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Double WOW: Rinaldy Yunardi wins World of Wearable Art Supreme Award for the second time

Yunardi’s winning entry, The Lady Warrior, celebrates female strength, using recycled paper and traditional weaving
Photographed by Stephen A’Court and Hagen Hopkins/Getty Images
September 27, 2019/10.45

Stephen A’Court

Hagen Hopkins/Getty Images

Above: Rinaldy Yunardi’s The Lady Warrior nets the designer his second Supreme Award at WOW.

Indonesian designer Rinaldy Yunardi becomes the third person—after last year’s sisters Natasha English and Tatyanna Meharry—to win the Supreme Award at the World of Wearable Art awards (WOW) in Wellington tonight.
   In the 32-year history of WOW, only Yunardi, English and Meharry have managed to take top honours twice.
   The Jakarta-based designer’s entry, The Lady Warrior, is a tribute to women, ‘the toughest warrior of all,’ according to a statement released by WOW. ‘The Lady Warrior plays the role of daughter, wife and mother. She is about inner strength rather than brute physical strength.’
   Yunardi adds, ‘I used various mediums of materials to represent different elements of The Lady Warrior. Recycled paper made into rope and woven tightly together represents humanity and inner strength built from her experiences—she was born vulnerable but with life experiences she has strengthened and become strong.’
   The Lady Warrior also won the Avant-garde section and the International Design Award: Asia.
   WOW founder and resident judge Dame Suzie Moncrieff says The Lady Warrior is ‘a garment that the judges described as an extraordinary metamorphosis of a fragile organic material into something so beautiful. Demonstrating perfect balance and form, as well as immaculate craftsmanship, The Lady Warrior conveys a stunning fragility which is perfectly balanced with a subtle strength. The judges particularly loved the use of traditional weaving to create a piece that is so contemporary.’

Stephen A’Court

Above: Second-placed Woven In-tent, by Australian designer Kirsten Fletcher.

   Second place went to Woven In-tent by Queensland designer Kirsten Fletcher, whose entry also won the Residency Experience award and the International Design Award for Australia and the Pacific. Fletcher’s entry placed second in the Avant-garde section.
   Yunardi had previously won for his inventive Encapsulate in 2017.
   Woven In-tent was made using 500 abandoned tents, and highlights how tents are often abandoned after music festivals. Fletcher noticed this after attending Glastonbury eight years ago, and began collecting tents from festivals. The tent fabric’s ‘ability to crease meant I could cut the tent fabric into strips and create pleated strands to re-weave the fabric into something with new depth and texture. This once abandoned and discarded material suddenly became something with a beautiful lustre and a new life. Our fast fashion culture is setting a dangerous precedent to disregard and undervalue materials and resources. Sadly, this story isn’t new, but it needs to be retold over and over again before we realise the implications of our decisions,’ says Fletcher.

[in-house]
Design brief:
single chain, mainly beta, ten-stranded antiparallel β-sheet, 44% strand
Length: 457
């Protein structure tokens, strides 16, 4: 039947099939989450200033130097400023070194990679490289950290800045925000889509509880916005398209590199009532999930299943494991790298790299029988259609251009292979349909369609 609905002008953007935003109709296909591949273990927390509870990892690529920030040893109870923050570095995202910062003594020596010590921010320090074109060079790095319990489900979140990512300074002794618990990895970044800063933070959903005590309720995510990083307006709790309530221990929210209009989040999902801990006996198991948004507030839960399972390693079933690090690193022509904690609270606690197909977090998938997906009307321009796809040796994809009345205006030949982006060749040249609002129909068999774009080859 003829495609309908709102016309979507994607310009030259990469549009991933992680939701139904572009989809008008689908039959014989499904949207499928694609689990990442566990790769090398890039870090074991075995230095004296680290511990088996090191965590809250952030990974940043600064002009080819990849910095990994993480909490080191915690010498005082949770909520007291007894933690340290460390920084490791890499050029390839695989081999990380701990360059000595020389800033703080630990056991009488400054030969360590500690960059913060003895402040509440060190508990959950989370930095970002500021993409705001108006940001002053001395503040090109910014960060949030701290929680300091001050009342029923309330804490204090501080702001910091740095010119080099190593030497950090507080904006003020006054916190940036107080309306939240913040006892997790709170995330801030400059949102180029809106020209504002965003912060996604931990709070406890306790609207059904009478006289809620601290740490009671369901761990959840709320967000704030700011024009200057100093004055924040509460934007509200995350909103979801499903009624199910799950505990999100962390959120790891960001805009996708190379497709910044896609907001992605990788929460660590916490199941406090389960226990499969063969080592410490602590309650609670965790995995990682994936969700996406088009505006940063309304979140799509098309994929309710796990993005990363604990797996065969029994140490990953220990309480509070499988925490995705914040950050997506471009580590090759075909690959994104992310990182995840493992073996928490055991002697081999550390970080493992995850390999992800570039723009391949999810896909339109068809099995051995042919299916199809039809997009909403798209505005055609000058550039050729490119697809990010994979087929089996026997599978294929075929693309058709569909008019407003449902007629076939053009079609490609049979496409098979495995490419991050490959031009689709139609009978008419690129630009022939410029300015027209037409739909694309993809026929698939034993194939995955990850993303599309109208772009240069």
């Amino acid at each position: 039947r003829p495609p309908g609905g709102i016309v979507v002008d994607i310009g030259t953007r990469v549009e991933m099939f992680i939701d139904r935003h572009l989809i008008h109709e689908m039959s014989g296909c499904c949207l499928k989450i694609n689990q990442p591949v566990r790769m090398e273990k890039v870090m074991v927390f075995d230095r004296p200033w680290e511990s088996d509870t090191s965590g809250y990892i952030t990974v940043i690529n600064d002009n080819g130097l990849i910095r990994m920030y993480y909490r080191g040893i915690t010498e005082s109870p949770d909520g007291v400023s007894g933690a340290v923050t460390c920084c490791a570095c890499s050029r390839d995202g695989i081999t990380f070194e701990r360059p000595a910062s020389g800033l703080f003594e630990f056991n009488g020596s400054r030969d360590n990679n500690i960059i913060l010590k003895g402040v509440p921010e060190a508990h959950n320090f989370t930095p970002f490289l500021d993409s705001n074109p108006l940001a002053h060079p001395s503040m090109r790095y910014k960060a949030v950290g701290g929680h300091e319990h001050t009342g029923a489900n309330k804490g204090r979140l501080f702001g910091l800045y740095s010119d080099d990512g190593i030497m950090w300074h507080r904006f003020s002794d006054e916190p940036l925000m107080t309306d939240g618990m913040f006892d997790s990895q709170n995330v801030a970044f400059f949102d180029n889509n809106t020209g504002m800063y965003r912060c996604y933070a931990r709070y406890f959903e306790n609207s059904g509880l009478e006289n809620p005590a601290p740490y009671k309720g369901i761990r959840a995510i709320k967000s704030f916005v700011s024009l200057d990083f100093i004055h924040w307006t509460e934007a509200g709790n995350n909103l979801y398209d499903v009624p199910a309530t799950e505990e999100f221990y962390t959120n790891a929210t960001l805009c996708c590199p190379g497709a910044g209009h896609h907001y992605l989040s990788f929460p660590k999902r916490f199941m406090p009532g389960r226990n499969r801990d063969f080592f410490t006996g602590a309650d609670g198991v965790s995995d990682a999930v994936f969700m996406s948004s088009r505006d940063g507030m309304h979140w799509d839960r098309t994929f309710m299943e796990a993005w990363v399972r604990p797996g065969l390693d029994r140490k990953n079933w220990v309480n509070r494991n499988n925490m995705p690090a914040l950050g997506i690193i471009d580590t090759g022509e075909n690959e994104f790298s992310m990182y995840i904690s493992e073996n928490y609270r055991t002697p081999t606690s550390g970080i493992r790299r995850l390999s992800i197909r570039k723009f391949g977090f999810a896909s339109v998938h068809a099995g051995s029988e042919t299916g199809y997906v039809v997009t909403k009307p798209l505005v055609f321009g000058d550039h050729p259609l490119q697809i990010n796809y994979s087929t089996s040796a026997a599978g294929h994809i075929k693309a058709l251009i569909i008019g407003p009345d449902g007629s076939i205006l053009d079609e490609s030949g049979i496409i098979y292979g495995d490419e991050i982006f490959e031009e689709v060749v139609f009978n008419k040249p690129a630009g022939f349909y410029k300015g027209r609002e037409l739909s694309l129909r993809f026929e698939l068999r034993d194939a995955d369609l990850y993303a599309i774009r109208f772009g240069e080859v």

Joining Dame Suzie on the judging panel were fashion designer James Dobson of Jimmy D, and multimedia sculptor Gregor Kregar. Additional awards were judged by Sir Richard Taylor, creative director of Weta Workshop, B. Åkerlund, fashion activist and co-founder of the Residency Experience, and Melissa Thompson, Cirque du Soleil Creative Intelligence Team lead and conceptrice.
   This year, designers from 43 countries and regions entered, and 115 finalist designers were presented with six themes. Three are recurring (Aotearoa, Avant-garde, and Open) and three are new (Mythology, Transform and White).
   Some 60,000 are expected to attend the WOW show at the TSB Arena in Wellington from September 26 to October 13. Tickets and more information are available at

Supreme winner
   The Lady Warrior, by Rinaldy Yunardi, Jakarta (also winning the Avant-garde section and the International Design Award: Asia).
   Woven In-tent
, by Kirsten Fletcher, Queensland (also winning the International Design Award: Australia and Pacific).

Stephen A’Court

Dame Suzie Moncrieff Award
   Waka Huia, by Kayla Christensen, Wellington (above).

Stephen A’Court

Aotearoa section
   Natural Progression, by Dylan Mulder, Wellington (also winning the Wearable Technology award) (above).

New Zealand Design Award
   Kaitiaki, by Lisa Vanin, Cambridge, New Zealand.
Open section
   Chrysanthemum & Amphitrite, by Jack Irving, London (also winning the International Design Award: UK and Europe).

Stephen A’Court

International Design Award: overall winner
   Gemini: the Twins, by Dawn Mostow and Ben Gould, Atlanta, Ga. (also winning the International Design Award: Americas) (above).
White section
   Huaxia Totem
, by Sun Ye, Miao Yuxin, and Yuan Jue, Shanghai (also winning the Weta Workshop Emerging Designer award).
Cirque du Soleil Invited Artisan Award
   Sea Urchin Explosion
, by Jack Irving, London (also winning the Transform section).
Mythology section
   Banshee of the Bike Lane, by Grace DuVal, Chicago, Ill.
First-time Entrant Award
   Wrath of Medusa
, by Edyta Jermacz, Suchy Las, Poland.
Student Innovation Award
   Walk All Over Me
, by Louise Dhyrfort, London.

Sustainability Award
, by Leanne Day, Auckland.

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